Finra.org/Investors/ToolsCalculators offers Risk Meter and Scam Meter tools, which walk you through a series of questions aimed at identifying vulnerable individuals and investments. For instance, the Risk Meter asks you if you have checked with a securities regulator to see whether an investment professional is licensed. Based on the responses, the tool offers suggestions on how to combat fraud.
Likewise, the site’s Scam Meter allows you to check if an investment is too good to be true, asking questions such as: How did you learn about the investment opportunity, and what have you been told about it? From your answers, the site offers warnings and advice.
“It’s not the most gee-whiz slickest thing out there, but it’s helpful for investors who are afraid of getting into investing because of recent scandals and the economic meltdown,” Mr. Shevlin says.
5. Keeping Track of Credit
With credit scores determining everything from car-insurance rates to getting a mortgage, “understanding and managing your credit score is incredibly important to your entire financial life these days,” Mr. Shevlin says. He suggests CreditKarma.com, “which offers a truly free score and advice on how to improve it,” he says.
You don’t have to give the site your credit-card information, as you do with a traditional credit bureau. But CreditKarma, from San Francisco-based Credit Karma Inc., will ask you for your address, phone number and Social Security number. (The site says it doesn’t store the number.)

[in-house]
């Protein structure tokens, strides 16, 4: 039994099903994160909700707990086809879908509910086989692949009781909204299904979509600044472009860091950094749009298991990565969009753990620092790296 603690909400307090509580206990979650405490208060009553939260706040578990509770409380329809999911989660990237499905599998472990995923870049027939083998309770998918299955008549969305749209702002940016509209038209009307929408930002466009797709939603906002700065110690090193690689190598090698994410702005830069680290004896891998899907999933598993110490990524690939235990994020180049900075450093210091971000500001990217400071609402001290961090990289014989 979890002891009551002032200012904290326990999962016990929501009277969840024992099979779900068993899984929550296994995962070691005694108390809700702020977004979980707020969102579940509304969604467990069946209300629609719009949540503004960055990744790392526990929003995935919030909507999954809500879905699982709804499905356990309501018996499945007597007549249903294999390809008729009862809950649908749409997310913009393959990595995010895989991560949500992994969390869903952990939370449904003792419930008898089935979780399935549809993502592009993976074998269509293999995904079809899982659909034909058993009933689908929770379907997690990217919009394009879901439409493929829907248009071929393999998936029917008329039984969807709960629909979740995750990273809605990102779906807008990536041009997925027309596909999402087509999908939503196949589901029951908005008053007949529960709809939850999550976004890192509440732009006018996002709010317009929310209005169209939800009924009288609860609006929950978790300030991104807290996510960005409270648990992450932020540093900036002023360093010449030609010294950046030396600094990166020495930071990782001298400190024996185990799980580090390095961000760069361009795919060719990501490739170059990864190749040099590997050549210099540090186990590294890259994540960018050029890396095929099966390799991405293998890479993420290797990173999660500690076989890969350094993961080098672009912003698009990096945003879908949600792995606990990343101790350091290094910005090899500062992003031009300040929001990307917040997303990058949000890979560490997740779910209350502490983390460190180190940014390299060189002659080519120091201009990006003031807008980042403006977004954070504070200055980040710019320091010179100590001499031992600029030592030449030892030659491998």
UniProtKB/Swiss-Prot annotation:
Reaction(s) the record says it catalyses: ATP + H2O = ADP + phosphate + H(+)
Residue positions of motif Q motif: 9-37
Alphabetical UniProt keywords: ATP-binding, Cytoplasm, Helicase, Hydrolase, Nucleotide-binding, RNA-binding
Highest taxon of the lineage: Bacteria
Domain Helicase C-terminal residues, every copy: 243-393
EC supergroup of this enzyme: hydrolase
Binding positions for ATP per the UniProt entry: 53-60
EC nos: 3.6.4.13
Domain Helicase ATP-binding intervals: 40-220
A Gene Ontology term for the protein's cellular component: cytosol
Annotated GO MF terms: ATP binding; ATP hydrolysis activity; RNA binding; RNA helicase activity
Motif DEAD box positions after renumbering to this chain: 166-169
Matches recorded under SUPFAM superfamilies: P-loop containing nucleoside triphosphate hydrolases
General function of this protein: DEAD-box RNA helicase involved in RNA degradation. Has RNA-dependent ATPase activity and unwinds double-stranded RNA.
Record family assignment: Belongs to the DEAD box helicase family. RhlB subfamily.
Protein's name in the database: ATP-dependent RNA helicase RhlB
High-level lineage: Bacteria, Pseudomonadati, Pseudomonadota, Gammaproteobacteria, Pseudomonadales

Once you submit that information, the site will give you your score—but not the entire credit report—and show you how you stack up against other users in various categories, such as overall users, or those in your state or age group.
Starting tomorrow, the site will help users identify major influences on their score, such as credit-card utilization and on-time payment history. The site uses scores generated by credit-reporting bureau TransUnion LLC.
Mr. Shevlin cautions users to be prepared to see credit-card and other product offers on the site. But he notes that users can rate the offers on whether or not they are helpful, and the site adjusts ad placement based on feedback.
6. Managing Loans
One site claims it can smooth out a potentially tricky financial arrangement: borrowing money from friends and family.
Virginmoneyus.com, operated by Virgin Money USA, in Waltham, Mass., a Virgin Group company, lets you use the site to create formalized personal loan documents that set interest rates and repayment plans. The site can also manage repayment using electronic funds transfer, email reminders and year-end reporting.
The cost: $99 to $199. The company also offers the service for business, real-estate and student loans, for various prices.
Virgin Money claims that formalizing loans increases the chance of repayment. Note, though, that it won’t lend money or match you up with a lender. The site only manages the loan between you and someone you have already identified, such as your grandmother or college buddy.
–Ms. Banjo is a staff reporter for Dow Jones Newswires in Jersey City, N.J. She can be reached at [email protected].
Written by Kevin Purdy
What’s inside Google’s just-announced Chrome Operating System? How does it work, exactly? Nobody outside Google knows. We can, however, build a dream operating system from the ground up, and that’s what we’re doing with some help from the hive mind.
We asked on Twitter what features users wanted to see in Google’s Linux-based, web-focused operating system, due to be released in code later this year, then on sponsored netbooks in the second half of 2010. We’ve compiled nine must-have features that we’d like to see from Google’s upcoming operating system here.
Speed, Speed, Speed